The Destro [4/7]
This bunch was from Dallas, but it's really difficult to tell how you'd know that without being told; their sound is basically the same kind of brutal hardcore/metalcore that we see all the time locally in New England. It had its good points, and admittedly I was on my final scalping of the dealers' tables at the time, but overall it did come off as somewhat generic.
Jacket now thoroughly packed with CDs, I headed downstairs to see what Metal Blade had set up as headliners.
Shai Hulud [5/7]
The performance was pretty good (even though this band's material has been described in the past as "everything about '90s hardcore that needed a bullet in the head and a shallow grave"), and the oddly-somewhat-sparse crowd dug them, but it's not as though we haven't all heard this kind of material before. I missed Beyond The Embrace and Hallows Eve, but this was a decent enough start to the main stage for me.
As last year, this was simply a superb performance, though with a little more guitar firepower (both flamenco and conventional metal styles) and a few minor difficulties with the drum/percussion solo than the last time I saw them. The overall effect was still as stellar, with the only difference being that there were a hell of a lot more people standing around being impressed this time. There are not nearly enough bands like this, in metal or out, and if you like great music, they, like Pelican, should definitely be on your short list to check out.
Oh, Goatwhore. It just wouldn't be a metal show without them, and I'm surprised that they didn't find some way to get onto the first day as well. This was one of the better sets I've seen from them, and they definitely seemed a little better adjusted to this stage than the last time I saw them here, with Celtic Frost back in November. Five-plus months of constant touring will all kinds of bands over all kinds of venues will do that for you. A nice set, but you're likely to see a similar or better one from them within three weeks...no matter where you are...and then another one three weeks after that...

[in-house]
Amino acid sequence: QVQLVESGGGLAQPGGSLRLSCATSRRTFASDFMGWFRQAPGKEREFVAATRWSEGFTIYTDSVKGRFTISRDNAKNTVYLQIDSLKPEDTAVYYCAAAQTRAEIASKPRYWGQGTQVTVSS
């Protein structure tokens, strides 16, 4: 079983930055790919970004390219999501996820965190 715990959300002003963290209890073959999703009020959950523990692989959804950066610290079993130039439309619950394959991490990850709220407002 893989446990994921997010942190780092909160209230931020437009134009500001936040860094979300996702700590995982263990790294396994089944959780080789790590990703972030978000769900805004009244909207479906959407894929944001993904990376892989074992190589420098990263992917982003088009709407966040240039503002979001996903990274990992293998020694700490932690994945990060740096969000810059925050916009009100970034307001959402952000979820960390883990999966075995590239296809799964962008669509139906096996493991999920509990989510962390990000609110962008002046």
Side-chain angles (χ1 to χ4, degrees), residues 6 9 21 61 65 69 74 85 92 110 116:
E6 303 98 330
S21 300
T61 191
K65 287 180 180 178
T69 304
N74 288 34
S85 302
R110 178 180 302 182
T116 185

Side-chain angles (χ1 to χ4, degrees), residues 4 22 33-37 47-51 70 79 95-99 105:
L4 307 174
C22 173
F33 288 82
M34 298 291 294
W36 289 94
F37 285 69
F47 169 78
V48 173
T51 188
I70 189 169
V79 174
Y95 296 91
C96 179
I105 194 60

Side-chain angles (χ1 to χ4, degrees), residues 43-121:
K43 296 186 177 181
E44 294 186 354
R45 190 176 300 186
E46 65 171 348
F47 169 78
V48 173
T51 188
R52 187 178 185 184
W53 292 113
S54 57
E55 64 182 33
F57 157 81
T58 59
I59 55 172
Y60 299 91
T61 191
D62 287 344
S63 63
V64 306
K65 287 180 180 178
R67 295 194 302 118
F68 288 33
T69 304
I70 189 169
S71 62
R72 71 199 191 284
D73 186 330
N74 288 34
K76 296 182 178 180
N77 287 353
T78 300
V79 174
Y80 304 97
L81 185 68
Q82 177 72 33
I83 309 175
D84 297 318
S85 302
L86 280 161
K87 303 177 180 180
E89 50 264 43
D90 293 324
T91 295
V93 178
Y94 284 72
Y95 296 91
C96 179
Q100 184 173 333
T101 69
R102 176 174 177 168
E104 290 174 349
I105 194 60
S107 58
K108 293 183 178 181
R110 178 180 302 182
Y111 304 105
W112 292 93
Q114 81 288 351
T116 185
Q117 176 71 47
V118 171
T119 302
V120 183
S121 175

I hadn't heard or really heard of this band prior to seeing them, and now I'm mad at myself for this fact. No pretensions, just a damn, damn good set of solid NWOSDM-driven thrash fuckin' metal. Kickass; just hope that they come around soon with a tour where they'll get more than 20 minutes to show off.
God Dethroned [5/7]
People besides me were calling out for their older material, but they focused principally on the new stuff; while kind of a bummer, this is unsurprising, as playing, say, "Soulcapture 1562", would leave approximately no room for anything else in a 20-minute set (sure 11 minutes, but when 20's all you get, every minute counts), and the new stuff is solid as well. It was at this point that I started to feel the effects of whatever virus I picked up while my system was surpressed from jetlag, exhaustion, and mild food poisoning, and at several points I literally was falling asleep on my feet -- while listening to live black/death blasting, natch.
Lizzy Borden [5/7]
I had not seen this band live before, but I'd heard enough of their material to wonder why in the hell Lizzy thought it was still worth trying to have a career. The answer is that the stage antics around the music are at least somewhat entertaining: the short definition of this band's style is "prop comedy of NWOBHM", and if that doesn't suggest "entertaining but played out", nothing will. The music was decent most of the time, but the gimmicks were often pretty much half-assed, like King Diamond without a budget for blood capsules. They didn't seem to be too happy with the crowd's less-than-exuberant reaction, but still hammed it up at the end like they'd just blown them out of their seats with a triple-encore at Madison Square Garden or Hammersmith. Metal Blade was filming this for a DVD, so my guess is that they were hoping the crowd would be brought up in post. For the historical record, NEMHF cheered these guys in accord with the quality of their performance, but any kind of "going wild" is false representation.
Job For A Cowboy [4/7]